"Reviews are only valuable when they are honest and unbiased … Don't offer money or product to others to write reviews for your business or write negative reviews about a competitor. We also discourage specialized review stations or kiosks set up at your place of business for the sole purpose of soliciting reviews."
These are the review sites you've probably heard of, but may have lolly-gagged to get on. If you want to give your business a quick online reputation audit, checking out how your business fares on these sites (and setting up profiles if you haven't already) is a great place to start:
A non-profit organization, consumerreports.org is an independent product testing organization that tests, rates, and recommends products based off their unbiased testing of those products. They have 7 million subscribers, accept no advertising, and pay for all products that they test. This is about as legitimate as it gets. As such, there's not much you can do here except, if you sell a product, make sure it's really, really good.
Yelp is a free review site that lets consumer’s rate businesses on a 5-star scale. Any business can set up a profile on Yelp! For free, and any user can set up their own free profile to review a business. You're free to respond to reviewers, too, but I recommend taking a balanced and polite approach to any negative reviews you receive, as Yelpers are in a pretty tight-knit community.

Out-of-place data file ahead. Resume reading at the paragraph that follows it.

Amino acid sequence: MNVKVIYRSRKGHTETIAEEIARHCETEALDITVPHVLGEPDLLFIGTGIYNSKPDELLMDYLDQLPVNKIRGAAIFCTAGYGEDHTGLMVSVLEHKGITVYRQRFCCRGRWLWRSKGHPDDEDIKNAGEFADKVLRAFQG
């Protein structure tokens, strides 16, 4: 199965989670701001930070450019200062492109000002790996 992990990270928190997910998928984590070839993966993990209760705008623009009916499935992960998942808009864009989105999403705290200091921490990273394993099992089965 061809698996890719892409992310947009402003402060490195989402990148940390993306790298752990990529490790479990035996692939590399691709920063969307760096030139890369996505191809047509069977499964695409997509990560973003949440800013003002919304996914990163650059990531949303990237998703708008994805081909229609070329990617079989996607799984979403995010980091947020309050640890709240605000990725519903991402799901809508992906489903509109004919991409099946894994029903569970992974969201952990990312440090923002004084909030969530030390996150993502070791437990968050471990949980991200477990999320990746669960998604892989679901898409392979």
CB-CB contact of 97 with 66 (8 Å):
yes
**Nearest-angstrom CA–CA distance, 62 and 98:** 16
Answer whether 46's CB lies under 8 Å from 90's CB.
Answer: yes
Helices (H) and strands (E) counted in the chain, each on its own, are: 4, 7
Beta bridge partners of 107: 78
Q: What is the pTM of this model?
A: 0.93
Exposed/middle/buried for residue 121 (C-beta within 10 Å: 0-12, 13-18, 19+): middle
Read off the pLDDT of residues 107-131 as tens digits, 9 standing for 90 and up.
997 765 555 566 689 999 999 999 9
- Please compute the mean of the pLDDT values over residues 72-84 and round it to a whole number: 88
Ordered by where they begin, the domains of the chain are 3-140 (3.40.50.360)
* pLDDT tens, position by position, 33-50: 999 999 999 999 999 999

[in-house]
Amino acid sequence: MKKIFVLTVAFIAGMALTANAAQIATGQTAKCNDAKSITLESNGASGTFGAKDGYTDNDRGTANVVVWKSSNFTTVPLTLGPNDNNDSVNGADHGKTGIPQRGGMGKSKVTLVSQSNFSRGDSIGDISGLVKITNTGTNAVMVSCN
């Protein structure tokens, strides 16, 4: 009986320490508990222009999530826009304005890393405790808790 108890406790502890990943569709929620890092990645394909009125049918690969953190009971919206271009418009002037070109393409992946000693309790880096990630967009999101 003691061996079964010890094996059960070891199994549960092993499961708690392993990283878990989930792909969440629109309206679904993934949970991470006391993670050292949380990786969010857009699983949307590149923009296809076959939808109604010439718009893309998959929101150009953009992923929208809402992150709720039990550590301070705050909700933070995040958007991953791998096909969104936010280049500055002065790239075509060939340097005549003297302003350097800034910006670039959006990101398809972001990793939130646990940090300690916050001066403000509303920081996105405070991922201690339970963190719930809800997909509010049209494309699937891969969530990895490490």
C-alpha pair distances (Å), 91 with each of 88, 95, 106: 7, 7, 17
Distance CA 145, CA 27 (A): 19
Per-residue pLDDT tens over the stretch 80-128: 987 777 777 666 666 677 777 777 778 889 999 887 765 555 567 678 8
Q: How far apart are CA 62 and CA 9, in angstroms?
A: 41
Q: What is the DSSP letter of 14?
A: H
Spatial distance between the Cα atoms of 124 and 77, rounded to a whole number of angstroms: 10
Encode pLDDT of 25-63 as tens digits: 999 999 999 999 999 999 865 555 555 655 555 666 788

Yelp! has also come under fire over the past four years for some slightly shady practices, like incentivizing businesses to advertise with them in exchange for gaming the search results for their business ("pay us money and we'll push bad reviews down!"), so savvier consumers have learned to look at Yelp reviews as a whole and with the reviewer's clout in mind, instead of getting turned off by a business because of one bad listing. That being said, it's still to your benefit to get a constant stream of positive online reviews coming to your business' Yelp account so happy customers are always at the top of your review feed, especially if you're a location-based business; Yelp profile information contains things like store hours and location information, so your profile will often turn up when people Google your business.
Finally, the one place where you have total and utter control -- your website is an excellent place to publicize reviews you receive. You could carve out a section of your website dedicated just to reviews and testimonials, and even include a form so happy customers can submit their reviews unsolicited. But if you're actively campaigning for positive online reviews and you encounter happy customers that want to leave you a positive review, but don't have accounts on sites like Yelp!, Angie's List, LinkedIn, or Google, it's handy to have a place on your website to publish their kind words. Consider adding testimonials to landing pages and product pages, too!
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